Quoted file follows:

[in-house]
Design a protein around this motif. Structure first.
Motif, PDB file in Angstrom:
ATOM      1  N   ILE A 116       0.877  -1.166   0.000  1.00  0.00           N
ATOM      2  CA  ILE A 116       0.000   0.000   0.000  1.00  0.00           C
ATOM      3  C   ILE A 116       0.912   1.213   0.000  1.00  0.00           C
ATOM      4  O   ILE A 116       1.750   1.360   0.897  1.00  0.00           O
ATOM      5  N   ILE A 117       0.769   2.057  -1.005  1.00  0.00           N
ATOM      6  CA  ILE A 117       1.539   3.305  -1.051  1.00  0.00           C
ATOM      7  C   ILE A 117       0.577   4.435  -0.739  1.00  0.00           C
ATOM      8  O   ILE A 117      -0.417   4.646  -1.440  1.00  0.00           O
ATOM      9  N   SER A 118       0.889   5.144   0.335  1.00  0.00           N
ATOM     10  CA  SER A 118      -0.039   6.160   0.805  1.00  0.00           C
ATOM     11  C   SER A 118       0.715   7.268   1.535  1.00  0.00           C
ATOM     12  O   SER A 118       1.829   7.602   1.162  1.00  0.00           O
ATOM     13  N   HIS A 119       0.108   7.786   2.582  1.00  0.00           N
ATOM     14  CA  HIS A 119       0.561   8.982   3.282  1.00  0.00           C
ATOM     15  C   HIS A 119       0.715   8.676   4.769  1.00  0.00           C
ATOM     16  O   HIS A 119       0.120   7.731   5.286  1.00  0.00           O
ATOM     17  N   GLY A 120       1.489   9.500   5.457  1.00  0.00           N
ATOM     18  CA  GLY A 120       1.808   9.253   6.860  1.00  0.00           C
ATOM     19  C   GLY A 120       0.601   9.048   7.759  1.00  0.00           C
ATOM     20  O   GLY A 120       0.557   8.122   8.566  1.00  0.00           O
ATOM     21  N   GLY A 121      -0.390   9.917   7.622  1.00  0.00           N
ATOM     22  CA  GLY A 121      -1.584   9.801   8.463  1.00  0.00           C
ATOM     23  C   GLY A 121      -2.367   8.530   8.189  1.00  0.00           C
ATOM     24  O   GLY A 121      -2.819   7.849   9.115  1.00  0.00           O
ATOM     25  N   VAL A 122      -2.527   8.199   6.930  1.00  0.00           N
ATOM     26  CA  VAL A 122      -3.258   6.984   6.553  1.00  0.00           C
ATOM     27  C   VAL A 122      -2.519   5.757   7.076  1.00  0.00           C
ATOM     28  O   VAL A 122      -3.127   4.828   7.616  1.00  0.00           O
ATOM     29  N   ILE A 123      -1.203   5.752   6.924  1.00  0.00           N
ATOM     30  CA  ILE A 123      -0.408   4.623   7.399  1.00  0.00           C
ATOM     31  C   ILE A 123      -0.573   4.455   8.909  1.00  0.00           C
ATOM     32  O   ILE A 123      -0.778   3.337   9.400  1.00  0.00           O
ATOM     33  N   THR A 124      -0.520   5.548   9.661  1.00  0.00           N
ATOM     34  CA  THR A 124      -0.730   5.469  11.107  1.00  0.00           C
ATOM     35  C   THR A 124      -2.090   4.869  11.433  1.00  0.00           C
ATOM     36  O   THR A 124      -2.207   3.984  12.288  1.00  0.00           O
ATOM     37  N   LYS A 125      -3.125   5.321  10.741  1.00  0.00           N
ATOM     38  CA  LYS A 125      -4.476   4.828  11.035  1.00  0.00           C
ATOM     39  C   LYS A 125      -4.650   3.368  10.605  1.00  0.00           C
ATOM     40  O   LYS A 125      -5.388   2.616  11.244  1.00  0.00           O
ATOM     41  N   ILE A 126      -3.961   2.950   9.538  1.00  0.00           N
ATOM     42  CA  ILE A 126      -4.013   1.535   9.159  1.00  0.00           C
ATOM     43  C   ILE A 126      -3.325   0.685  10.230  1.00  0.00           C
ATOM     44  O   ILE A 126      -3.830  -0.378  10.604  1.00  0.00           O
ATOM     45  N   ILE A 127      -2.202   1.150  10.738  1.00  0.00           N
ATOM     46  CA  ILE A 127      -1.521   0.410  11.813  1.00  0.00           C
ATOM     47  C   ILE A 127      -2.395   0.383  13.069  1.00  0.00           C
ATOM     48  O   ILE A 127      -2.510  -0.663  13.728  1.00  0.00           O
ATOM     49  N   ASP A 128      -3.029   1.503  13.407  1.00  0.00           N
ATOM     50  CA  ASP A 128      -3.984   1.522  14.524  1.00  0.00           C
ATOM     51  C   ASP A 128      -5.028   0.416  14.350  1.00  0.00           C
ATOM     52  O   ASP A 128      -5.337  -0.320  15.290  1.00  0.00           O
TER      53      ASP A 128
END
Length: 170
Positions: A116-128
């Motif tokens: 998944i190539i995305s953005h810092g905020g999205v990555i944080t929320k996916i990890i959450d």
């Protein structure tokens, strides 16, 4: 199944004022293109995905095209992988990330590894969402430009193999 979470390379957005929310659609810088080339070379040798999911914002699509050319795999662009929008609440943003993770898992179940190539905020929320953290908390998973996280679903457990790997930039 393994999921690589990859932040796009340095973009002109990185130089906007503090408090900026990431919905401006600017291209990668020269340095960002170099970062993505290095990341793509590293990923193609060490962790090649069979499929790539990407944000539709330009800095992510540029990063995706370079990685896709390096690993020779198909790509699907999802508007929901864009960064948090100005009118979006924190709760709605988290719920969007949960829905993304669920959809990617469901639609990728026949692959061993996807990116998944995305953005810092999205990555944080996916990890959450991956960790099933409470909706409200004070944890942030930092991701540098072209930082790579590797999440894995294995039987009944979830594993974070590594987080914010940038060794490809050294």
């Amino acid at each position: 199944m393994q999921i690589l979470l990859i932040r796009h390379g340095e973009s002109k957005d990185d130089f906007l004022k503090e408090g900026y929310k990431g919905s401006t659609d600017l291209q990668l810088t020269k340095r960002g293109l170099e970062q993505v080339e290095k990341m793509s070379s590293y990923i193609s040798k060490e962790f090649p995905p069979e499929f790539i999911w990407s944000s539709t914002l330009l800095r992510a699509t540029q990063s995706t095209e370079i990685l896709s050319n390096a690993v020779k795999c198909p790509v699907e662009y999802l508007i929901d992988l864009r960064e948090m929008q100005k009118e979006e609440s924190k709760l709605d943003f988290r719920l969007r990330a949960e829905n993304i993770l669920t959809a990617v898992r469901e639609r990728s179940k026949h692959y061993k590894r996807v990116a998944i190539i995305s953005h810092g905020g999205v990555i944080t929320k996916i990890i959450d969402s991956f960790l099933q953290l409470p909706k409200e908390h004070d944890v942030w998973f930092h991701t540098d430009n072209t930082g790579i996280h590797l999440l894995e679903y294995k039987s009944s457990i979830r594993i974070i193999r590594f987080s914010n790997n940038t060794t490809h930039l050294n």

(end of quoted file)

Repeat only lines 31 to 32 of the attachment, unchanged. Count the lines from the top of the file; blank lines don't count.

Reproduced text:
ATOM     28  O   VAL A 122      -3.127   4.828   7.616  1.00  0.00           O
ATOM     29  N   ILE A 123      -1.203   5.752   6.924  1.00  0.00           N